Greek words "ergon," meaning work, and "nomos“
meaning “law."
 How well the design fits the human user.
 It deals with the user interactions with the
product and making sure that it is easy to use
and maintain.
 It is the study of man in relations to his work.
 Human engineering or human factors
engineering.
 The aims of ergonomics are, therefore, to enhance
functional effectiveness while maintaining or 110
improving human welfare.
ERGONOMICS

 It is concerned with designing and improving the


workplace, workstation, tools, equipment, etc.
 To limit fatigue, discomfort and injuries, while
efficiently achieving personal and organizational
goals.
 A successful ergonomics program utilizes the
skills of many disciplines, including engineering,
psychology, medical, safety, management, etc.
 Two goals:

 Enhance performance and thus productivity

 Prevent fatigue and injury. 111


ERGONOMICS
 Ergonomics is a multi-disciplinary science
comprising subjects like anatomy, psychology,
physiology, sociology, engineering, anthropology,
physics and medicine.

112
OBJECTIVES OF ERGONOMICS
 Improve human well-being and overall system-
performance by optimising the integration of man
and machine.
 Obtain maximum satisfaction for the worker by
taking care the factors governing the physical
and mental fatigue.
 Attempts to minimize the risk of injury, illness,
and errors without compromising productivity.

113
ADVANTAGES OF ERGONOMICS
 Higher productivity
 Less fatigue and more comfort to the worker

 Better design of the machine

 Increased safety.

 Reduced labour turnover

 Better integration of man-machine system.

114
RELATED SCIENCES OF ERGONOMICS
Anthropology:
 It is the study of human characteristics such as
height, weight, reach, and its variations over
time.
 The data is useful for determining the boundaries
of the work-place, heights and shapes of the seats
and work tables to suit human body
measurements.
 The data is useful for designing handles, levers,
etc. so that they are easy to reach and operate.
115
RELATED SCIENCES OF ERGONOMICS
Physiology:
 Concerned with the determination of :

 The effect of stress and strains caused by


environmental factors such as light, heat, noise,
humidity, etc. on human body and the extent to
which it can tolerate.
 The speed, accuracy and force with which body
movements can carried out.
 Human stamina

116
RELATED SCIENCES OF ERGONOMICS
Psychology:
 Study concerned with human behaviour and
human reactions under various working
conditions and under the influence of mental
strain.
 In the language of ergonomics, the factors which
make the job uncomfortable are called „stressors‟
and the effect of stressors on human body is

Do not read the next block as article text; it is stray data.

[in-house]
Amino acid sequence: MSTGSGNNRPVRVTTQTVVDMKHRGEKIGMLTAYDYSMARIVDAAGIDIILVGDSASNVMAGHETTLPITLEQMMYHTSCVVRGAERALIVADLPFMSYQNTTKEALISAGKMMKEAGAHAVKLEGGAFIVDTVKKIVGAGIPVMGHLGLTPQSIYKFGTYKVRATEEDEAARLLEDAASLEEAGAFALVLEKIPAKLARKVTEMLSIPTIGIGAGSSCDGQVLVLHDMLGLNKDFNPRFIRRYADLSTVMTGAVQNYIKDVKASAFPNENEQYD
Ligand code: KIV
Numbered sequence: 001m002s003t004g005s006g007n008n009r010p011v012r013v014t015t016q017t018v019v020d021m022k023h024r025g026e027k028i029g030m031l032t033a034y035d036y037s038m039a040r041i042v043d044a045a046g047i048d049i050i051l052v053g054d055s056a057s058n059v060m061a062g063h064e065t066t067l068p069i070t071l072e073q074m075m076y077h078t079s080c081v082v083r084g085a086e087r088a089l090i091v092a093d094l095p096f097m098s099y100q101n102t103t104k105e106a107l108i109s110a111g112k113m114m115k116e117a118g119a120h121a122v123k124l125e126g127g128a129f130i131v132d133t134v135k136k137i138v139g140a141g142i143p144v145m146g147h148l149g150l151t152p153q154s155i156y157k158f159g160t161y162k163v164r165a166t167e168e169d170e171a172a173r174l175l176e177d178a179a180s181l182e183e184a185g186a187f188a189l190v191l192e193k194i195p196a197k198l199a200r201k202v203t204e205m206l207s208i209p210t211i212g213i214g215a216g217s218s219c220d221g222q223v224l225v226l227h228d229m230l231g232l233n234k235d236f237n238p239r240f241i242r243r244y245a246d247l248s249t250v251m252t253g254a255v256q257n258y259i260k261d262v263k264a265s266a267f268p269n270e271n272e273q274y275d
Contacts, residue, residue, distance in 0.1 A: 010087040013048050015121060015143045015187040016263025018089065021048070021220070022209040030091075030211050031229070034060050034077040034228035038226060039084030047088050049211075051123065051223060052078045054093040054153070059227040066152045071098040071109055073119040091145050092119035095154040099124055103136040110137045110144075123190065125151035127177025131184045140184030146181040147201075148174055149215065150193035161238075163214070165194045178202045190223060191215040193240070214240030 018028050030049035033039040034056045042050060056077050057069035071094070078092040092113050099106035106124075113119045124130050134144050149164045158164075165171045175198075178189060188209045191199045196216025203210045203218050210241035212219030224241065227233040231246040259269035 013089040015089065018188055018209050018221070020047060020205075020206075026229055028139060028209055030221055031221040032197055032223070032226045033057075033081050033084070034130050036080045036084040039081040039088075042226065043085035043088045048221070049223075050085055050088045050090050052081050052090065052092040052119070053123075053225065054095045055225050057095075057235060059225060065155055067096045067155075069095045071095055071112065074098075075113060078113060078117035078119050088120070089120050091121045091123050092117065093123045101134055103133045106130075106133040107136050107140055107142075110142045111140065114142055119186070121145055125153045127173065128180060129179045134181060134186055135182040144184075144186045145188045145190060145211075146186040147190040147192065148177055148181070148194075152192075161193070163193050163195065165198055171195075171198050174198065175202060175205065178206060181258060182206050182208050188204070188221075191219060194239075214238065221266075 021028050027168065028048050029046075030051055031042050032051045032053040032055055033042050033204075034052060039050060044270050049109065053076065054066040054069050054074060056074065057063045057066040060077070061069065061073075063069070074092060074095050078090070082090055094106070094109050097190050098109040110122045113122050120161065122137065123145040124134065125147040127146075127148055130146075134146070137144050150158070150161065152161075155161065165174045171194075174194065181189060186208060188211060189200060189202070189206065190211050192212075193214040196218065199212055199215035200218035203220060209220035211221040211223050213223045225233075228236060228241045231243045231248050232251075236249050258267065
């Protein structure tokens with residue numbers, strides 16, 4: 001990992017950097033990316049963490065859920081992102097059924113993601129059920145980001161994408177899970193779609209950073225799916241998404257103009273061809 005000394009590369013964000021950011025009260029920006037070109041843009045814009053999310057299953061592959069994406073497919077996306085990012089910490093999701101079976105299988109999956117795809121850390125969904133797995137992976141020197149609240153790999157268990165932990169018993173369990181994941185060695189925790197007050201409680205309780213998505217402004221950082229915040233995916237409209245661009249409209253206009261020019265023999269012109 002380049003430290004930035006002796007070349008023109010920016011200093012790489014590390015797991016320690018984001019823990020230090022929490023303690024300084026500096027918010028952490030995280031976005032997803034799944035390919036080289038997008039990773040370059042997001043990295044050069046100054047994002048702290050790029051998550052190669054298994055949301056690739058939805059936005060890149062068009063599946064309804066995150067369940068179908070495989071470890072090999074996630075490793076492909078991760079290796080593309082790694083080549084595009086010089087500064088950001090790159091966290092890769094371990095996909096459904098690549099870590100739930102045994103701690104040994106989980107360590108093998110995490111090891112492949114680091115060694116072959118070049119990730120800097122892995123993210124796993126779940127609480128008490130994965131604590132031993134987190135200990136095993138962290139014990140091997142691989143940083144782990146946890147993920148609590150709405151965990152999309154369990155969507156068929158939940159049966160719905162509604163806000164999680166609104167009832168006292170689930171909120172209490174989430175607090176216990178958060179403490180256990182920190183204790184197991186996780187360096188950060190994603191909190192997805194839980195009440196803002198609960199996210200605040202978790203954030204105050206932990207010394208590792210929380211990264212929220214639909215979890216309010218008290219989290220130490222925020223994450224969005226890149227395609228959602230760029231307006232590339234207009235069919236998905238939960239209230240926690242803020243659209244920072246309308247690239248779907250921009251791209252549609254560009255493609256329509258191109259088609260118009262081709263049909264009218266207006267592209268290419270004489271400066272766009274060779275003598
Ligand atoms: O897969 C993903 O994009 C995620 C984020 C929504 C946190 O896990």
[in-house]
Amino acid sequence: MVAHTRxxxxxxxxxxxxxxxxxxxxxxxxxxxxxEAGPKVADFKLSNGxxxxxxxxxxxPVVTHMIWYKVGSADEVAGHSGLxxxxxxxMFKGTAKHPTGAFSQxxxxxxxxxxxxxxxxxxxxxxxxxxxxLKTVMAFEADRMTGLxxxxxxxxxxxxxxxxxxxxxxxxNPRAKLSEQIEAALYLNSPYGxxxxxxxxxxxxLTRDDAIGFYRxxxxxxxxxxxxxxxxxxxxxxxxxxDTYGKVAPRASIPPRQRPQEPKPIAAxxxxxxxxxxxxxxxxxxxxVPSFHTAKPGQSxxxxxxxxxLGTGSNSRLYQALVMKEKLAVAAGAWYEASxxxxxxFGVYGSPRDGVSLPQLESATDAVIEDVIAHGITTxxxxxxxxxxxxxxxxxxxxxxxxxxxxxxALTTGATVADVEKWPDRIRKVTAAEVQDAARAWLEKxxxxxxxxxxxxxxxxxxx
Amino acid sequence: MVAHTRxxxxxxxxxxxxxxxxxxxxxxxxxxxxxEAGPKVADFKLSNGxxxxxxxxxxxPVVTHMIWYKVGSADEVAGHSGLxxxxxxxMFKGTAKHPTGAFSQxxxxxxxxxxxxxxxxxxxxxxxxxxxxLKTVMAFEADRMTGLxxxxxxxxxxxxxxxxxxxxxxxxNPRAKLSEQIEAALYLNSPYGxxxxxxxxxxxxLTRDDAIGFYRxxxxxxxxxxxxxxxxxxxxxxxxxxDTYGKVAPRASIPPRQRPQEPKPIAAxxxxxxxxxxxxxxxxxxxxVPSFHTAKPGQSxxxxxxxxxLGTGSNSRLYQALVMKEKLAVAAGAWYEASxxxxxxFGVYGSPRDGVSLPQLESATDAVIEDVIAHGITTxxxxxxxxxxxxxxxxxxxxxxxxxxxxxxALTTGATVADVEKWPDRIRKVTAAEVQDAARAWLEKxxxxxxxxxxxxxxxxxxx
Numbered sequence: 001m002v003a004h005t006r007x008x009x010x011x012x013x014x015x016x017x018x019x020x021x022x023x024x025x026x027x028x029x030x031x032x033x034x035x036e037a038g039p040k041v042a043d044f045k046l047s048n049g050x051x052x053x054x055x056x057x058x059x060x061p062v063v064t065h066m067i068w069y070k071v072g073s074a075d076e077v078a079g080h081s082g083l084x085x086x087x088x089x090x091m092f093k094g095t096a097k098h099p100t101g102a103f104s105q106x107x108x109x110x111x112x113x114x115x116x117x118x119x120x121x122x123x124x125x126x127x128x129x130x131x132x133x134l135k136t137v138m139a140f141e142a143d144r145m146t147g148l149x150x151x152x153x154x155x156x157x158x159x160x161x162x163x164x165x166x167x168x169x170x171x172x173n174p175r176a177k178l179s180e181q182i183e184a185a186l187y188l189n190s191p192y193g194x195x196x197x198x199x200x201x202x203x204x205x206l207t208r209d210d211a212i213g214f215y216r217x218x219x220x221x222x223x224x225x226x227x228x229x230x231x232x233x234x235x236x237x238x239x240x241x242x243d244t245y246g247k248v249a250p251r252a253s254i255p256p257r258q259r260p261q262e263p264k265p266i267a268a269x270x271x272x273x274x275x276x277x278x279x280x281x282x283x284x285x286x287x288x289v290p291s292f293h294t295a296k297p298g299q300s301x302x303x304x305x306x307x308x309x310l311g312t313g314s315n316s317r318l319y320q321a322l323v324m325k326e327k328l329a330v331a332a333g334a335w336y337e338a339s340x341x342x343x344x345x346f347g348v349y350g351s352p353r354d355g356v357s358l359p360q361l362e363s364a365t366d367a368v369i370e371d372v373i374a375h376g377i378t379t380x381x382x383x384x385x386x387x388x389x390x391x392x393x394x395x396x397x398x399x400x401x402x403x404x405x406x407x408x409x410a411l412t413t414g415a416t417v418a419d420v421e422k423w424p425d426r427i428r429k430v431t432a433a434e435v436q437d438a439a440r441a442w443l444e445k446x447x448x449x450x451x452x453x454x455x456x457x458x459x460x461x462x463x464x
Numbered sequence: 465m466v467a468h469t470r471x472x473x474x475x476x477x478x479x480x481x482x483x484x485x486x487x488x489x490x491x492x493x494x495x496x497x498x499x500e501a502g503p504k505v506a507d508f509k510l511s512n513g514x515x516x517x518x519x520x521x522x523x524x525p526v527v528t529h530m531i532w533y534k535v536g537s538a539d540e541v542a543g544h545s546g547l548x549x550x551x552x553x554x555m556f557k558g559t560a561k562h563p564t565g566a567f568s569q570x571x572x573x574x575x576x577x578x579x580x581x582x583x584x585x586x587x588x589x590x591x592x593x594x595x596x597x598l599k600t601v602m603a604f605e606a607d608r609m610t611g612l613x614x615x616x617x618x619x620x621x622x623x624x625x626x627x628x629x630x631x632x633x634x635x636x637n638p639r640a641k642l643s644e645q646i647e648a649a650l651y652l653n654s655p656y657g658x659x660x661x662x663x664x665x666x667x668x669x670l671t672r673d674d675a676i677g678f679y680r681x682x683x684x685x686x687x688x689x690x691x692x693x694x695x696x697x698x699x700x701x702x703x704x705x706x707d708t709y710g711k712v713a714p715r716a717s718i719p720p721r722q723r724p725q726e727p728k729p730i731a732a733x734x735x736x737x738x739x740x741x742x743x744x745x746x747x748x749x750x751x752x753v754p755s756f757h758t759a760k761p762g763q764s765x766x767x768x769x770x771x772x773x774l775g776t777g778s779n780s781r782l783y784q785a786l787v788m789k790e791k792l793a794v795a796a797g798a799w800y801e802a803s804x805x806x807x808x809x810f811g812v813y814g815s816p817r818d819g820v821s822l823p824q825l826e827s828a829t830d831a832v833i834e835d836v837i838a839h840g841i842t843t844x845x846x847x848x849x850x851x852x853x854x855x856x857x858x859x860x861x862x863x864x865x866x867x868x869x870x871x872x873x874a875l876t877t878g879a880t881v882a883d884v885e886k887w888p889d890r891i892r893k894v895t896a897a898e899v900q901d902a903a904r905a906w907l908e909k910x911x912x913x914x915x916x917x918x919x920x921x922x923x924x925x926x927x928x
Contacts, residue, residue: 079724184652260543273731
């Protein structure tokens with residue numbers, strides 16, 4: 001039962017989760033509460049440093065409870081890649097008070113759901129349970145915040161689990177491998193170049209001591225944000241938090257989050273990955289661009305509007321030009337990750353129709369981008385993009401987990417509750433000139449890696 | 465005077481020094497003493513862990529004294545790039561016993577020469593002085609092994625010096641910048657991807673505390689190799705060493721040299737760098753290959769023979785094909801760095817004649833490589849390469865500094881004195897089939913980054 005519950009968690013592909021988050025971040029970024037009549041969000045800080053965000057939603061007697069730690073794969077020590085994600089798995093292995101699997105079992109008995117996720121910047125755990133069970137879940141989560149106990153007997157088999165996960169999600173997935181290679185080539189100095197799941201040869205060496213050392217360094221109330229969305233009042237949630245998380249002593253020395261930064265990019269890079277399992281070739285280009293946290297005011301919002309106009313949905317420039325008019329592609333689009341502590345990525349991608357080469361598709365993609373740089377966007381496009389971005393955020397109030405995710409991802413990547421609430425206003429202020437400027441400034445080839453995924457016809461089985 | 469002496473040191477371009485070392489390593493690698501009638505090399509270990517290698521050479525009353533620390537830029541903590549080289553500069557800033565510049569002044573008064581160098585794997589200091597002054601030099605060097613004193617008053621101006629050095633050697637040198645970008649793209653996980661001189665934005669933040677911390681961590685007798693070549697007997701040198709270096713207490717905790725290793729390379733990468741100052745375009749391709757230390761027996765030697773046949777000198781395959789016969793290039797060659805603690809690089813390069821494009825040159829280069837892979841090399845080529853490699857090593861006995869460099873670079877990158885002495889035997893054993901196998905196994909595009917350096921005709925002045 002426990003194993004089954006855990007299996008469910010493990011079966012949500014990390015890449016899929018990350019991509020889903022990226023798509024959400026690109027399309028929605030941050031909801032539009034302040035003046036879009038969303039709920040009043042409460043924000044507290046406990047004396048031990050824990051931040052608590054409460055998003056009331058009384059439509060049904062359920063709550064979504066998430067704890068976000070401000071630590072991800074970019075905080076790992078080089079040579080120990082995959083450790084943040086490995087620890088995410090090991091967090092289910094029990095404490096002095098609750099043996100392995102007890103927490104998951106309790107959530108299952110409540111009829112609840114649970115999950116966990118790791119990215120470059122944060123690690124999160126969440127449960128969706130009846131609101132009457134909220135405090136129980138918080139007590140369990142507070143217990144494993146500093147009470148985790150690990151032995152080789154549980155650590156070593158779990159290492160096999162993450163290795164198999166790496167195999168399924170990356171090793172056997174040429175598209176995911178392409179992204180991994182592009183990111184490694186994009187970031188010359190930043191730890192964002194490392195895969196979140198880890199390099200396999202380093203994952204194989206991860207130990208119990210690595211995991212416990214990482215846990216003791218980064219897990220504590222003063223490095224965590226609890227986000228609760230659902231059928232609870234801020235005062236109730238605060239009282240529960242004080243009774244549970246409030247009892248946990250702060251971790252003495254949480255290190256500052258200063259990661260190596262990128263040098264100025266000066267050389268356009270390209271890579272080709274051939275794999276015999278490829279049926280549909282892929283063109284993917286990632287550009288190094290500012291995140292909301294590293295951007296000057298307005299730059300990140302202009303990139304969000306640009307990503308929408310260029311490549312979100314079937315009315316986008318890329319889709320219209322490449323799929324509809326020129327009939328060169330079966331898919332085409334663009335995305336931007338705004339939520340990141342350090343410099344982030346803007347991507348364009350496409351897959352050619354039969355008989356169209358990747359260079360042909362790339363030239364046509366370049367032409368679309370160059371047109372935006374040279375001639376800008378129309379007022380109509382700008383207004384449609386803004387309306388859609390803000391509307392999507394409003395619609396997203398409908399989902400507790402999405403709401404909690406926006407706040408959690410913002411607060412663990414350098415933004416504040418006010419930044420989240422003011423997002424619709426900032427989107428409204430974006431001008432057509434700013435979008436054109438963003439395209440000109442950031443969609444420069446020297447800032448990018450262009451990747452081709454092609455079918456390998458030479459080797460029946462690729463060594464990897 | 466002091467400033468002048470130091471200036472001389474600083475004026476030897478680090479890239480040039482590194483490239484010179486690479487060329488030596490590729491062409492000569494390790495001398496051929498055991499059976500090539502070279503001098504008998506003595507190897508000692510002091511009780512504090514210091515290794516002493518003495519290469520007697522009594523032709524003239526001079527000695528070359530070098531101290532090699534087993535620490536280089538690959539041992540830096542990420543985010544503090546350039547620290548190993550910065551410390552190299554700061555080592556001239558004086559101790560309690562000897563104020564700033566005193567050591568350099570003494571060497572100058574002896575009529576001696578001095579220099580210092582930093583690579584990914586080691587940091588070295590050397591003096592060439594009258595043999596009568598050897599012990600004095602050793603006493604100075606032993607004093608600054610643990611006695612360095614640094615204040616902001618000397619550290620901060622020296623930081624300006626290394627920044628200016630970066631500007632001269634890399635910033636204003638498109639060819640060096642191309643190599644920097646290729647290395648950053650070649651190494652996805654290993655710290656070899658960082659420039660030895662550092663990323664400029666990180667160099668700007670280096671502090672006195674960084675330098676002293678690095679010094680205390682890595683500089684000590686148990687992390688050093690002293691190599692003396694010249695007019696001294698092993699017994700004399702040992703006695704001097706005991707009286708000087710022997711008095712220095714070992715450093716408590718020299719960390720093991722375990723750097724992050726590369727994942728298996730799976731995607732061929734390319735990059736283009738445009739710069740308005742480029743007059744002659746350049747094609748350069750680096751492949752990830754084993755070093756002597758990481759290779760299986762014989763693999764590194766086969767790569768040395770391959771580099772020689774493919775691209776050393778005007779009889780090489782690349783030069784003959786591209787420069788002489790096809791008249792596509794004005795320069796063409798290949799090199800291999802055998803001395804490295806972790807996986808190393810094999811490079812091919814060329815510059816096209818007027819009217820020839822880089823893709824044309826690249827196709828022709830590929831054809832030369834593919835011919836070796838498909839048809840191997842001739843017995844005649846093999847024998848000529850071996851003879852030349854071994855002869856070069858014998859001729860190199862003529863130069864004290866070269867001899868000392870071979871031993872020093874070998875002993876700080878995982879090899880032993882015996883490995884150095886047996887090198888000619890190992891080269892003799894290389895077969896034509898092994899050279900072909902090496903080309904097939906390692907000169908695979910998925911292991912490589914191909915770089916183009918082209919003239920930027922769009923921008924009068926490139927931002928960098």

called strain.
 Strain can either physiological or psychological or
combination of them.
117
FACTORS AFFECTING HUMAN COMFORT IN
WORKPLACE

 Physical factors such as lighting, ventilation,


noise and temperature.
 Psycho-social factors such as working hours, rest
pauses, shift timings, safety, etc.

118
119
120
ERGONOMICS

 International labour organization defines human


factors engineering as “the application of
human biological sciences along with
engineering sciences to achieve optimum
mutual adjustment of men and his work,
the benefits being measured in terms of
human efficiency and well-being”.

121
ERGONOMICS

 The fundamental concept of human engineering


is the system.

 A system is composed of humans, machines, and


other things that work or interact together to
accomplish some goal which these same
components could not produce independently.

122
MAN-MACHINE SYSTEM
 Human-factors engineers regard humans as an
element in systems, and a man-machine model is
the usual way of representing that relationship.

 The simplest model of a man-machine unit


consists of an individual operator working with a
single machine.

 In any machine system, the human operator first


has to sense what is referred to as a machine
display, a signal that tells him something about
123
the condition or the functioning of the machine.
MAN-MACHINE SYSTEM
 A display may be the position of a pointer on a
dial, a light flashing on a control panel, the
readout of a digital computer, the sound of a
warning buzzer, or a spoken command issuing
from a loudspeaker.

 Information processing

 Human operator normally takes some action; a


pushbutton, lever, crank, pedal, switch, or
handle.
124
MAN-MACHINE SYSTEM
 The man-machine system is a combination of one
or more human beings and one or more machine
interacting to bring about, from given inputs,
some desired output.

125
126
127
VALUE ENGINEERING

128
VALUE ENGINEERING / VALUE ANALYSIS
 Value analysis aims at a systematic
identification and elimination of unnecessary
costs.
 It is primarily developed as a cost reduction
technique.
 It critically investigates and analyses the
different aspects of materials, purchase, design
and production of each and every component of
the product.
 Value analysis is normally applied to existing
rather than to new products.
129
VALUE ENGINEERING / VALUE ANALYSIS
 Value analysis examines the design, function,
and cost of each and every component in order to
produce it economically without decreasing its
utility or reliability.

function (or utility) 𝑤𝑜𝑟𝑡ℎ 𝑡𝑜 𝑦𝑜𝑢


 Value = =
𝐶𝑜𝑠𝑡 𝑝𝑟𝑖𝑐𝑒 𝑦𝑜𝑢 𝑝𝑎𝑦

 Thus, value analysis should not be taken as only


cost reduction technique; but instead it may
increase the value of a product either by
increasing its utility with the same cost 130
VALUE ANALYSIS- QUESTIONS ASKED BY A
VALUE ANALYSIS TEAM

 Does it (a component) contribute value to end


product?
 Is its cost proportionate to its function?

 Would there be a better product?

 Can a component be produced by less costly


process?
 Is it possible to use a standard component?

131